.

Friday, September 05, 2008

Gaza, 1971

Just saw these two articles in the Time magazine archives, from August 9, 1971:
Robert Aroyo, his wife Preeti, and their children Marc-Daniel, 7, and Abigail, 4, had lived in Israel only eight months. Born on Malta, raised in England, Aroyo abandoned an advertising job in London to bring his family to the land of promise, where he felt they all belonged. Settled in the Tel Aviv suburb of Kiron, the Aroyos often spent Sabbaths touring their new country. One bright Saturday they set out south to visit a seaside nahal, or fortified camp, in the Sinai below El Arish.

Mahmoud Slieman Zak, 15, sat in the shade of an old building beside the highway that bisects the strip and gossiped idly with a friend. He was an indifferent pupil in school and wanted only to become a fulltime member of the Palestinian guerrillas for whom he had already been on eleven grenade-tossing missions. That morning Mahmoud fondled a grenade, wondering whether a target would present itself.

Carefully, the Aroyos checked with Kiron police before setting out on their trip to the nahal called Yam. The police saw no danger in their driving back to Tel Aviv by way of Gaza. Aroyo, therefore, was unconcerned as he reached the town of Gaza. The only thing he noticed on the road ahead of him was an old abandoned Seven-Up bottling plant.

Mahmoud's heart leaped. From the orange license plate on the slowly approaching car, he knew it was an Israeli and not a silver-tagged Gaza vehicle. Mahmoud' s friend, Wasfi Mussa Masharawi, 16, sauntered out into the middle of the street, forcing the car to slow to a crawl. Mahmoud tossed his grenade into a rolled-down window. The grenade had a four-second fuse, and he was gone before the explosion.

Aroyo braked his car to keep from hitting the boy who had walked out into the road in front of him. He never saw the missile that flew through the open window of his Cortina and landed on the back seat beside the children. All he heard was a muffled explosion and Abigail's cry, "Daddy, Daddy!" The back seat was bloody when he looked. Beside him Preeti moaned, "My back is broken."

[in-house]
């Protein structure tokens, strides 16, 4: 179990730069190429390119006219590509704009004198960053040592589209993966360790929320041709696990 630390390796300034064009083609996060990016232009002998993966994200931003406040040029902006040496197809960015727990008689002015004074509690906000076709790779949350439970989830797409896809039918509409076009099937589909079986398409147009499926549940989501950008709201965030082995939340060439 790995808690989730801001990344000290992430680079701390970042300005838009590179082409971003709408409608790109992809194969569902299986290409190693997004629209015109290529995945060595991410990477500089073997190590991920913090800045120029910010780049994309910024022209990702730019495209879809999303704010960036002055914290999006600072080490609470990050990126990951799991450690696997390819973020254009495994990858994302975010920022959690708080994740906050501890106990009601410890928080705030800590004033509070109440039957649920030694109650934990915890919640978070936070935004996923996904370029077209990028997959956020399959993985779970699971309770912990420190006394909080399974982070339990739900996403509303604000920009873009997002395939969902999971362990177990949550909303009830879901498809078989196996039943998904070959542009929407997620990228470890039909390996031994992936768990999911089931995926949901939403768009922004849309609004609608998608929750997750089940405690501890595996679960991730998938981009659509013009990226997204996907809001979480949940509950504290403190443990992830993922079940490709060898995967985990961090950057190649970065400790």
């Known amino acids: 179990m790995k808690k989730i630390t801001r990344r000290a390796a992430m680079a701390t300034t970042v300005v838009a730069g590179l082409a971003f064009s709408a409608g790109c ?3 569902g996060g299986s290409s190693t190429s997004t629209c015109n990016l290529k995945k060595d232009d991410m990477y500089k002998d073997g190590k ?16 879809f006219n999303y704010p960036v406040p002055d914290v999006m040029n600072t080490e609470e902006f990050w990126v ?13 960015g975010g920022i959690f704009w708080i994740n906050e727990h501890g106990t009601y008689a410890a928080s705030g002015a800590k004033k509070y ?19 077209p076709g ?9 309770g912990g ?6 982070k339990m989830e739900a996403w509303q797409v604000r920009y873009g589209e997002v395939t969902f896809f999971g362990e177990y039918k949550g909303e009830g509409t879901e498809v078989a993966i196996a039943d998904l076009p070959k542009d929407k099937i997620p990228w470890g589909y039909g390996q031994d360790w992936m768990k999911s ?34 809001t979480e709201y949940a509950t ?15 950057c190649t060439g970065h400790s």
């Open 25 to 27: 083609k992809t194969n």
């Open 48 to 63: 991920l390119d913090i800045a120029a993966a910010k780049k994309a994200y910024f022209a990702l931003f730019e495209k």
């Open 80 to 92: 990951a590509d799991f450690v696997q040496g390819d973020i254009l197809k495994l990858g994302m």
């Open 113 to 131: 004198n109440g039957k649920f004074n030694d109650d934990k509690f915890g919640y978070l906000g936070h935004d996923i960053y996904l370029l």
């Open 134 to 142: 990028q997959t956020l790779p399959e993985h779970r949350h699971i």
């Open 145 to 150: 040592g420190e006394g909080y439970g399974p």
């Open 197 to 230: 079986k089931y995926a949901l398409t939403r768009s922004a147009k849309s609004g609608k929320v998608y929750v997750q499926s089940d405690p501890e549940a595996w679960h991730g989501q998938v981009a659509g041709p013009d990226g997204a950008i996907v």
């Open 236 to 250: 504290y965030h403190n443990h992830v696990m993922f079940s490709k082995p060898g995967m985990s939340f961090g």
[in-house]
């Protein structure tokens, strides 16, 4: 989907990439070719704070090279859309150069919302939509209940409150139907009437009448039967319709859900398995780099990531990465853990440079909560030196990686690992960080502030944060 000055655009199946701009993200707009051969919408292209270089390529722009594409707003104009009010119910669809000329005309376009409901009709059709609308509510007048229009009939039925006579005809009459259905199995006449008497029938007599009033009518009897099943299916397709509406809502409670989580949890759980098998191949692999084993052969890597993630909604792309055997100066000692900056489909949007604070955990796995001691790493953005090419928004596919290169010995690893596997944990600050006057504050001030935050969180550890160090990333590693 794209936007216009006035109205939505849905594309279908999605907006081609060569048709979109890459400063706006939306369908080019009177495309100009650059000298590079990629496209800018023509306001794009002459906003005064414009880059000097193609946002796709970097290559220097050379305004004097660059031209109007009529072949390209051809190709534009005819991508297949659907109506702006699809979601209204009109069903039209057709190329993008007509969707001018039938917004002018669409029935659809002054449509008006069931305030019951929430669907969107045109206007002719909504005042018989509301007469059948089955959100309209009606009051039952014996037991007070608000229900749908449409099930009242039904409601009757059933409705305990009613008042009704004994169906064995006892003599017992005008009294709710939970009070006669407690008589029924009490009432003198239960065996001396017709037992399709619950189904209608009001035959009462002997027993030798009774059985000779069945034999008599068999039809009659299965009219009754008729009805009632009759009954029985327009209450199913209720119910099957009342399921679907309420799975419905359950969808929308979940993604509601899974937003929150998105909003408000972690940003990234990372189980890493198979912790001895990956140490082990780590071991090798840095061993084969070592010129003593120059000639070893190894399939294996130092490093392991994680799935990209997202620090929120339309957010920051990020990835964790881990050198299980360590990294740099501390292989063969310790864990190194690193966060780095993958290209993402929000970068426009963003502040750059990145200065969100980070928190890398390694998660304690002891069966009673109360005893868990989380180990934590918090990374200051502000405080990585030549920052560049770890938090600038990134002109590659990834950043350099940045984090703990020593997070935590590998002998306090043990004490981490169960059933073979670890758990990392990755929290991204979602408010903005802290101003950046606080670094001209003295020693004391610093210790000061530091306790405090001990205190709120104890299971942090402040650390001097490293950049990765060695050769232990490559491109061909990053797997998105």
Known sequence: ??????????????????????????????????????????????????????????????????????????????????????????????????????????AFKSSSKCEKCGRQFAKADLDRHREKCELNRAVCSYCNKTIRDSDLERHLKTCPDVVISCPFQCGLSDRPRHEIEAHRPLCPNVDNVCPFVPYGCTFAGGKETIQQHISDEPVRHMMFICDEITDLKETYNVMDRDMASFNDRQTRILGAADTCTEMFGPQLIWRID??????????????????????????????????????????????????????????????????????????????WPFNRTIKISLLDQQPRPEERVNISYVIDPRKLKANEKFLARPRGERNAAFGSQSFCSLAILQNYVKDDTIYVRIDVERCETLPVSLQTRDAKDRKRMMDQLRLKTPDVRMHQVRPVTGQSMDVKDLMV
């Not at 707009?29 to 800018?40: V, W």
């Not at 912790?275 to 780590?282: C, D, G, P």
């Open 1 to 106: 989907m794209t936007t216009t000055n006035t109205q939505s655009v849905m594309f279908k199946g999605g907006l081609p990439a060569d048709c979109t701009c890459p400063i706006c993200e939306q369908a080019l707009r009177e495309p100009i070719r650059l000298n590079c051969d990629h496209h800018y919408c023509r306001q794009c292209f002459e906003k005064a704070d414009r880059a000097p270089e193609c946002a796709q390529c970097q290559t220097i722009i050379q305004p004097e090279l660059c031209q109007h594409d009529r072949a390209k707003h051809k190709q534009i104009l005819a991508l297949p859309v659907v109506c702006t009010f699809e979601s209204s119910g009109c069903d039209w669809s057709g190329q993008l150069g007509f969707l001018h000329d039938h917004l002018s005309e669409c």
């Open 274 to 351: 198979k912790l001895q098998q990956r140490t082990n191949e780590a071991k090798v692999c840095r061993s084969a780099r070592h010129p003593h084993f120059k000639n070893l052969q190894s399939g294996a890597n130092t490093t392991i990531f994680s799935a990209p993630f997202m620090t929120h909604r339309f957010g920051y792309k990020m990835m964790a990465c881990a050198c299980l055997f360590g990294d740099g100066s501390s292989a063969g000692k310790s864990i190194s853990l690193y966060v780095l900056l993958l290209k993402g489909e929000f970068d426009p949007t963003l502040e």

Wasfi Mussa Masharawi watched indifferently as the man staggered out of the car, cradling a bleeding girl in his arms. He ran away when the man pleaded with him for help.

Abigail was dead by the time the Israeli military helicopter arrived. Marc-Daniel died soon after. Aroyo buried them on the Mount of Olives, smoothing the dirt over their graves with his own hands. Then he hurried back to the Beersheba hospital where his wife was being treated for injuries to the spine and pelvis that took six months to heal.

...After the tragedy Aroyo was a crushed man, hut he strained to be compassionate. "I do not hate the people who did this," he said.


Israel connected Gaza to its electric grid, drummed up potential business and even encouraged tourism to aid the territory. But Gaza's 390,000 residents were—and still are—unremittingly hostile. So far this year seven Israelis and 206 Arabs have been killed in the Strip. Last week alone seven Arab guerrillas were shot to death, two of them killed in a fight at the Shati camp, one of eight United Nations refugee camps in the Strip.

One reason for Israel's failure to pacify Gaza is the nature of the land. It is an elongated, desperately poor 25-mile finger of desert, which has little more than citrus groves in the way of resources. Some 11,000 Gazans have found work in Jordan's occupied West Bank and 5,500 others in Israel itself. But the Palestinian who "collaborates" with the Israelis is a marked man. Last February, 61 Arabs were wounded when guerrillas blew up the main post office in the town of Gaza where they were cashing their Israeli paychecks.